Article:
May 2012

The Happiest Thing


“This is the happiest thing I have ever seen. Look at this, Luciano.”

I held up the macaroon in the palm of my hand. The handmade almond confection was wrapped in a gaily decorated paper, the edges tasseled like a party favor. I felt as if I blew on one end, it would unfurl with a snap and toot. This box of soft macaroons was a gift from my friend Carlo who, with his wife, had visited the town in Liguria where they have been made, one at a time since 1955.

“Here, try one.” With all the solemnity of transferring a jewel, I handed one to Luciano, who tore into the wrapping and swallowed it whole. It took all of two seconds. I didn’t even have time to reclose the box. But then, he is not a sipper.

“It’s good.” He said, “Small, but good.”

Making a mental note on how fast that thing had disappeared, I hid the box. Luciano would never eat something of mine without asking, but why tempt the man? And I want to keep at least one of these happy things around for a while. I then went back to scrubbing the grill from last night’s dinner which, a moment ago had been a bit of drudgery, but now just wasn’t so bad.

How many moments of pure happiness are there in a day? As Topo, my little blue car, and I motor around the Veneto with my classroom in the trunk I see many things; snapshots of life, a simple moment of bliss. I started collecting them in a file called snapshots but have not been able to link them until I held that frivolous, excessively wrapped sweet in my hand.

A circus from Eastern Europe passes through nearby Susegana every year, setting up a battered tent and staking the camels out in the scruffy cornfield near the industrial park. Jaded elephants, the heavy leg chains having become indistinguishable from their thick skin, sway in the shade of the big top while nearby shoppers flow into the local big box store looking for flat screen TV’s or cook pots. It is such an incongruous sight that I always slow down as I pass…and it was there that I saw a moment of happiness. Between the shabby circus trailers set up on the edges of the encampment, I saw a man sitting in a red chair in the rough grass. His ruddy face was turned to some friends sitting at a nearby picnic table. They were laughing. Standing behind the smiling roustabout was another man, with muscular arms raised, studiously cutting his friend’s thick black hair.

Not ten minutes later I passed a white house that gleamed in a sudden show of early spring sunshine. In the garden in front of the house a small girl was pushing a wooden swing with all her might. Leaning back on the swing, a woman in a blue apron had her hands on the chains and her feet in the air. Her head was back and her eyes were closed with her face in the sun, taking a break from morning chores to travel through space and time to the moment she was a child pushing the swing with all her might.

A whitewashed 50 gallon drum sits against an ancient house built on a once narrow dirt lane; the only thing separating the front door from speeding cars is a painted stripe on the pavement. Someone has planted a wisteria tree in that banged-up drum and now it blooms, blissfully beautiful against the worn stucco.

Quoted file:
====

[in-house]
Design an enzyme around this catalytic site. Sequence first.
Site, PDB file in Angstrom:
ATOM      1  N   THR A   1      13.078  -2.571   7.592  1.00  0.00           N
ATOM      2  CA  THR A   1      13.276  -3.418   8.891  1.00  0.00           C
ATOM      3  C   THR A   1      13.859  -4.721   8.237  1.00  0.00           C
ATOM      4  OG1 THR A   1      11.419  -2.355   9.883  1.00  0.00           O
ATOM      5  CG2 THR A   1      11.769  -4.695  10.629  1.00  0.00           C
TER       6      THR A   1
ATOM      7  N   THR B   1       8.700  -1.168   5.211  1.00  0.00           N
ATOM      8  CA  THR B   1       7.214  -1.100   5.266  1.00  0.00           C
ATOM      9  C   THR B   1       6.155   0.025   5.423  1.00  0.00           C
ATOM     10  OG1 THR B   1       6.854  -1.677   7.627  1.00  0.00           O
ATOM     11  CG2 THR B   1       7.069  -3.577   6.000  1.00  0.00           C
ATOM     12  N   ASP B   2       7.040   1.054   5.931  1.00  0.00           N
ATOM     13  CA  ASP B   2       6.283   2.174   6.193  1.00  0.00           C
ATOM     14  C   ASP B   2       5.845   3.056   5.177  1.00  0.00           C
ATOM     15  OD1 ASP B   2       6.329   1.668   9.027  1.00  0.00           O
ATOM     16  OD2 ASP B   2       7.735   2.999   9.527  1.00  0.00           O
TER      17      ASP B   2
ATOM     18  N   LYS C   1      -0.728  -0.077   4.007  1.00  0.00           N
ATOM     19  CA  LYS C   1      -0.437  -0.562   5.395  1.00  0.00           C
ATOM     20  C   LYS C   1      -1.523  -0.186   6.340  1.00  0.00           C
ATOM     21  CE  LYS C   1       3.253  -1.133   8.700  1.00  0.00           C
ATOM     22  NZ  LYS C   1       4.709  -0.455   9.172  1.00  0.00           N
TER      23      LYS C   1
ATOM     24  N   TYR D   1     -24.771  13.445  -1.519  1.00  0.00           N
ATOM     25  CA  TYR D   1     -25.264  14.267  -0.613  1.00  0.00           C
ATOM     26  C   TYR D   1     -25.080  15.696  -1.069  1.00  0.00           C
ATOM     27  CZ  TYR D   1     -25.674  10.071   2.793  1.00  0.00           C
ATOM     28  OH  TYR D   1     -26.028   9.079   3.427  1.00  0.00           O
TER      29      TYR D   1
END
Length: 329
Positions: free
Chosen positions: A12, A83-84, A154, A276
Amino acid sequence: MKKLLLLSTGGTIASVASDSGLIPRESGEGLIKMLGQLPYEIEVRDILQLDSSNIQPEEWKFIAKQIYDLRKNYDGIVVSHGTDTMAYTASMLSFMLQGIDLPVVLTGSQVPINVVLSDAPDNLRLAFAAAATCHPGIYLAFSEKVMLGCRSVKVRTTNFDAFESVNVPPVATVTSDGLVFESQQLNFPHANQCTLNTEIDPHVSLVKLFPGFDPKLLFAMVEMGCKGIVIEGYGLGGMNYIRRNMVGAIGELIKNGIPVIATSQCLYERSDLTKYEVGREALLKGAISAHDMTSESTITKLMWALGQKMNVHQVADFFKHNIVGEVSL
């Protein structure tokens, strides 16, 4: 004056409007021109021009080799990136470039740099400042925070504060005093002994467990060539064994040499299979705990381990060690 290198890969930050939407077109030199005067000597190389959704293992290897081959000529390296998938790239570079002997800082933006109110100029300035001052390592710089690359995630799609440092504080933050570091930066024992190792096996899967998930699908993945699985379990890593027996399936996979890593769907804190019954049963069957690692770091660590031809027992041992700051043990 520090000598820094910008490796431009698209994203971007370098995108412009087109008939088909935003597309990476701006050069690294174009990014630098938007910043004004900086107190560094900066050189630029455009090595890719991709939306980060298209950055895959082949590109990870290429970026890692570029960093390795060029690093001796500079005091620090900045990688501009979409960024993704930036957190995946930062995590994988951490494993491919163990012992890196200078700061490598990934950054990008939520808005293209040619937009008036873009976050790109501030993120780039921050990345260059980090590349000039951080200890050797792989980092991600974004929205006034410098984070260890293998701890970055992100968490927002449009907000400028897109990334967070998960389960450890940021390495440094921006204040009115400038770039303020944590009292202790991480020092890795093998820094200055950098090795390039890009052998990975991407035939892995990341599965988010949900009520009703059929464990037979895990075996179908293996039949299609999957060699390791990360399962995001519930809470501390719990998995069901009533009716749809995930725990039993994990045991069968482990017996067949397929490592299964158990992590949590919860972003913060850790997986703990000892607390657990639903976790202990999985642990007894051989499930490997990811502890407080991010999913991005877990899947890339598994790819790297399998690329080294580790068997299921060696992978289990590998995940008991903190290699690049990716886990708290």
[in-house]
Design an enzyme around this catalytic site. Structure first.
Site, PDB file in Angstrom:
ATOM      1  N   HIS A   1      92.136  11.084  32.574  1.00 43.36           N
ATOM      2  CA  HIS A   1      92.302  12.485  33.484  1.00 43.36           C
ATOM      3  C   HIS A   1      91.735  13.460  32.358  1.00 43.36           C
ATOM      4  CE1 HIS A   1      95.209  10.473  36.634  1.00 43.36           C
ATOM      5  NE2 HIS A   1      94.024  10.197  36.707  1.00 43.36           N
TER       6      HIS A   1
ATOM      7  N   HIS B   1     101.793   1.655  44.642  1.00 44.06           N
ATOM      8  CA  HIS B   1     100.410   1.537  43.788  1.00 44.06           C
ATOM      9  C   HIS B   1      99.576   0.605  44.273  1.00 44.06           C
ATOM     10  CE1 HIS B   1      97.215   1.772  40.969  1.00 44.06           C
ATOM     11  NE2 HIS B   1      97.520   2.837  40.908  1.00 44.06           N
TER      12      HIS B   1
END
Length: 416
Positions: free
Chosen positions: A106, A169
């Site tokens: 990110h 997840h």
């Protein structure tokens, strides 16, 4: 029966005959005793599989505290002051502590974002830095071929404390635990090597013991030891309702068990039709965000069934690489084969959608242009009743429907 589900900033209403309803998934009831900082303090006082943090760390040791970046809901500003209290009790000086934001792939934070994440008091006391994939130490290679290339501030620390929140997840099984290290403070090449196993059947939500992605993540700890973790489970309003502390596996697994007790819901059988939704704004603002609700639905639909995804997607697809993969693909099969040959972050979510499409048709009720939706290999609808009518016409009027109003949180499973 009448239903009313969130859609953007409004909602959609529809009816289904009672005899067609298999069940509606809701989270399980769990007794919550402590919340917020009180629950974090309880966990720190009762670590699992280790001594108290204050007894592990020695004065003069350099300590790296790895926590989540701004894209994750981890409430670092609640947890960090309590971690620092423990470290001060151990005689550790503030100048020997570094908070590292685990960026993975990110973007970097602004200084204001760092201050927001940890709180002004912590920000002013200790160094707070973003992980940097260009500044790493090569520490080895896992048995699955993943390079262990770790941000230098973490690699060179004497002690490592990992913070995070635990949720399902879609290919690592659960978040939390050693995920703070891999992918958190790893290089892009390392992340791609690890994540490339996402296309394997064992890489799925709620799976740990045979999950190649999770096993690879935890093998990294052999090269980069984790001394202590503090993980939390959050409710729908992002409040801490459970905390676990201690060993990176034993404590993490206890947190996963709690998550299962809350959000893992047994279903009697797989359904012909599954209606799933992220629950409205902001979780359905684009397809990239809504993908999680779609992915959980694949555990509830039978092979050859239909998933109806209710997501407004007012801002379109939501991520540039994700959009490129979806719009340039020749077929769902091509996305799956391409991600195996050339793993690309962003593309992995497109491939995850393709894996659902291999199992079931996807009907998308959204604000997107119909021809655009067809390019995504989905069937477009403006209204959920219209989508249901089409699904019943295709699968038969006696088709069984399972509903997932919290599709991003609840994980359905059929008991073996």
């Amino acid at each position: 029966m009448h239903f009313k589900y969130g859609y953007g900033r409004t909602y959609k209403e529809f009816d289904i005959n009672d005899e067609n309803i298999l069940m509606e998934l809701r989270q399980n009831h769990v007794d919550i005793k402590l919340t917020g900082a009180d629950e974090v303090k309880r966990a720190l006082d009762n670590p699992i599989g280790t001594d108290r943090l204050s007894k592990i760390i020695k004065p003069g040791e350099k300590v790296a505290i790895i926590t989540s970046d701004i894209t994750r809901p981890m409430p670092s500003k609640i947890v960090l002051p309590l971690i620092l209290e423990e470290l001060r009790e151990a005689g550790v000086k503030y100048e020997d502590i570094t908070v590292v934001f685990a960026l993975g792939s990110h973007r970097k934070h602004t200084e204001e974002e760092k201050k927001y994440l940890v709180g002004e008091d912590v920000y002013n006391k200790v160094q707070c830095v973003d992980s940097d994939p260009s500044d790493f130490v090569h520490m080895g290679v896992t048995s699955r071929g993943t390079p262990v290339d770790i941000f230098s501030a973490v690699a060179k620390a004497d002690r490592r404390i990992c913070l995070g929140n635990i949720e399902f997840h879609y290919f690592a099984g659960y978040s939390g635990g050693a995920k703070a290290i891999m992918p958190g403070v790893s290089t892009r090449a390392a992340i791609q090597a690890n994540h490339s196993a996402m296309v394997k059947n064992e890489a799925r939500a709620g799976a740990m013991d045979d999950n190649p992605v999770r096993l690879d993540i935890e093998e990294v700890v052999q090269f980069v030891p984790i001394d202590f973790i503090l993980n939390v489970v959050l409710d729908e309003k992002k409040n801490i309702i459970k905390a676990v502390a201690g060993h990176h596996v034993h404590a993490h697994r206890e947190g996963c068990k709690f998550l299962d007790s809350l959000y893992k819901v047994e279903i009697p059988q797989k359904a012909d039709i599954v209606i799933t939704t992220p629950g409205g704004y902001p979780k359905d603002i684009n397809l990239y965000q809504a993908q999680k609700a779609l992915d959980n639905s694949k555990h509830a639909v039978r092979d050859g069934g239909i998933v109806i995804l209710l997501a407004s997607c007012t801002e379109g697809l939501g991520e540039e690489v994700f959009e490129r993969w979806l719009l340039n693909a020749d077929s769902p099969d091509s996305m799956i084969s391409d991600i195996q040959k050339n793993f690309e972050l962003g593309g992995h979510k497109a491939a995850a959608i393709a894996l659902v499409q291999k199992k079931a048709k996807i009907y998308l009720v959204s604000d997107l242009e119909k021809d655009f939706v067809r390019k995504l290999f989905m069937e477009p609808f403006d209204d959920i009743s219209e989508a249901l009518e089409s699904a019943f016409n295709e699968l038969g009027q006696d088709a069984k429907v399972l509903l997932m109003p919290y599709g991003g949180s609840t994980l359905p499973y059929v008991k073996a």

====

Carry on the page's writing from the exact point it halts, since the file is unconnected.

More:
A nonna walks down our street in her housewife dress and apron. She seems to have just stepped out of the kitchen for a moment for in her hand is a cook pot. As I pass she stoops to gather the tender wild greens that grow everywhere in this season and throws the handful into the pot. Lunch.

The gas station on the road to Treviso has a handwritten sign out front.
Menu di Asparagi. The gas station.

A vigorous orange gerbera daisy grows in a chipped coffee cup set on a stump.

And last Saturday afternoon I heard bells outside the window… I know that sound anywhere: ice cream truck.
In my mind I am suddenly a child, running wild with my brothers and sisters in the back yard with summer hardened bare feet, stained purple with fallen mulberries. The bells ring at mid-morning and all play stops as we run
screaming to the street, “Good Humor Man! Good Humor Man!” We balance on tiptoe on the hot asphalt street, choosing a popsicle from the gay illustrations on the side of the truck and then pay with the wadded up bill that my mother had stuck into someone’s pocket, just in case. As the driver shifts into drive, turns on his bells and motors on, we stand in a circle on the grass and eat; the younger ones, not always able to keep up with the heat, lose some of the ice cream in melted streaks down their bare brown tummies, but it doesn’t matter. They are hosed off easily enough.

In Mareno di Piave I leaned out the window and saw the ice cream man dishing up a scoop for our neighbor. No prepackaged ice cream here.

Now as I tell Luciano about my memory, the name “good humor man” just rolls off my tongue and he laughs at me.

“Why, was he always in a good mood?”

“Hmmm, I don’t know. I never thought of it, really.”

In fact, I realize that for us it was a state of mind, not a brand name. How could it not be? Here in our quiet hot afternoon and in an official white coat, the vendor bent over the buckets of homemade,
produzione propria, ice cream. Then he shifted his truck into drive, turned on his bells and motored on… the happiest noise ever.

ice cream truck